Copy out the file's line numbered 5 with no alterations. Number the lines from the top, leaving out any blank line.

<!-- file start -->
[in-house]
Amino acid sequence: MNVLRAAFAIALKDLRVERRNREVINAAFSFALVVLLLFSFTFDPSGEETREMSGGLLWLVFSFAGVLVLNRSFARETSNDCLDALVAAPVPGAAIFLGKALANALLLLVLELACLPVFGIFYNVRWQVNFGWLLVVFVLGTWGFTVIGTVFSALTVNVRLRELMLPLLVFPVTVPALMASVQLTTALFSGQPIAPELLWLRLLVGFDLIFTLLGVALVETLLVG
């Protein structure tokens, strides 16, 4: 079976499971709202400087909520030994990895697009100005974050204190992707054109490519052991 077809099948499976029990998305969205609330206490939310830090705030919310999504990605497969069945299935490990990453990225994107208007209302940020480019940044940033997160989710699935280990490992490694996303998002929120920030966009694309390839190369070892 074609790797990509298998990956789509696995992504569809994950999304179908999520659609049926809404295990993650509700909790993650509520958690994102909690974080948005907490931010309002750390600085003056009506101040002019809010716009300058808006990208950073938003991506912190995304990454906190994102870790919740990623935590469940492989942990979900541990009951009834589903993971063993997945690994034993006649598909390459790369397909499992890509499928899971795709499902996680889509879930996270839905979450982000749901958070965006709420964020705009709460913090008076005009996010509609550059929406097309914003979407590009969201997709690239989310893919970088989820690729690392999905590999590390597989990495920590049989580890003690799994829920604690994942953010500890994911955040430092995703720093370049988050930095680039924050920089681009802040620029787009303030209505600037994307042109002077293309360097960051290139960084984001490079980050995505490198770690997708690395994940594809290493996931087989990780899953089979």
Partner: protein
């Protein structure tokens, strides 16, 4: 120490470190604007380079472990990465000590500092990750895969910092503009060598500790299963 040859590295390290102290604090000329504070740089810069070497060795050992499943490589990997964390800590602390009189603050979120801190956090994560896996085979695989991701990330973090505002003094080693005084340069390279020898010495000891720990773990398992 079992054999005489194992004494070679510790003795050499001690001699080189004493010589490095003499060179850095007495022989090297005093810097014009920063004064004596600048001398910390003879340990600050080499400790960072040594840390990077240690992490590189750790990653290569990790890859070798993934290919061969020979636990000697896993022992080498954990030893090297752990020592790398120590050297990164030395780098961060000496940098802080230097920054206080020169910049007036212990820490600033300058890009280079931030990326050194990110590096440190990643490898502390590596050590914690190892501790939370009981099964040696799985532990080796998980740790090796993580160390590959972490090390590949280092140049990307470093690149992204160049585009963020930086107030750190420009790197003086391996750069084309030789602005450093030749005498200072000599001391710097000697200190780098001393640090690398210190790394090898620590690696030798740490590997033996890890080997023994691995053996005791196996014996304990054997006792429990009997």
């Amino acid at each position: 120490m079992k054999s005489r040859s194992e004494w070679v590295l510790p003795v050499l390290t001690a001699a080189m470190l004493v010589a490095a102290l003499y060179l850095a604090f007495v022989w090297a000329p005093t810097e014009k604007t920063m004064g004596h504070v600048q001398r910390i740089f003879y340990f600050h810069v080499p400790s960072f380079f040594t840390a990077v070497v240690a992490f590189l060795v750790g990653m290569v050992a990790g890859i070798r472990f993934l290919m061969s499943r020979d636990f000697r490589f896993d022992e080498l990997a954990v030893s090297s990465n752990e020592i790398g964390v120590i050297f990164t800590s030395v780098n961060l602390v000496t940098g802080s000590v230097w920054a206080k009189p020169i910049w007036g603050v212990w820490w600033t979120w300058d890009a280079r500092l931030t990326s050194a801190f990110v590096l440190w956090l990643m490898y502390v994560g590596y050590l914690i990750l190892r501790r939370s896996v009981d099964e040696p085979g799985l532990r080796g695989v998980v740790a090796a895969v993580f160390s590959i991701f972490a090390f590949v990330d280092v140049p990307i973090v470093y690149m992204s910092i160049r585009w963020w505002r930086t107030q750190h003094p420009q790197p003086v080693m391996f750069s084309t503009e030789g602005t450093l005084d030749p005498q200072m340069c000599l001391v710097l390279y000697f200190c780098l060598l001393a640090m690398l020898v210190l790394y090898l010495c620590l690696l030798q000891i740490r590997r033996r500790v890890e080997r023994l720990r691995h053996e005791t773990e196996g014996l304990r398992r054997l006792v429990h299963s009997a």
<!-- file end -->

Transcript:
């Protein structure tokens, strides 16, 4: 120490470190604007380079472990990465000590500092990750895969910092503009060598500790299963 040859590295390290102290604090000329504070740089810069070497060795050992499943490589990997964390800590602390009189603050979120801190956090994560896996085979695989991701990330973090505002003094080693005084340069390279020898010495000891720990773990398992 079992054999005489194992004494070679510790003795050499001690001699080189004493010589490095003499060179850095007495022989090297005093810097014009920063004064004596600048001398910390003879340990600050080499400790960072040594840390990077240690992490590189750790990653290569990790890859070798993934290919061969020979636990000697896993022992080498954990030893090297752990020592790398120590050297990164030395780098961060000496940098802080230097920054206080020169910049007036212990820490600033300058890009280079931030990326050194990110590096440190990643490898502390590596050590914690190892501790939370009981099964040696799985532990080796998980740790090796993580160390590959972490090390590949280092140049990307470093690149992204160049585009963020930086107030750190420009790197003086391996750069084309030789602005450093030749005498200072000599001391710097000697200190780098001393640090690398210190790394090898620590690696030798740490590997033996890890080997023994691995053996005791196996014996304990054997006792429990009997």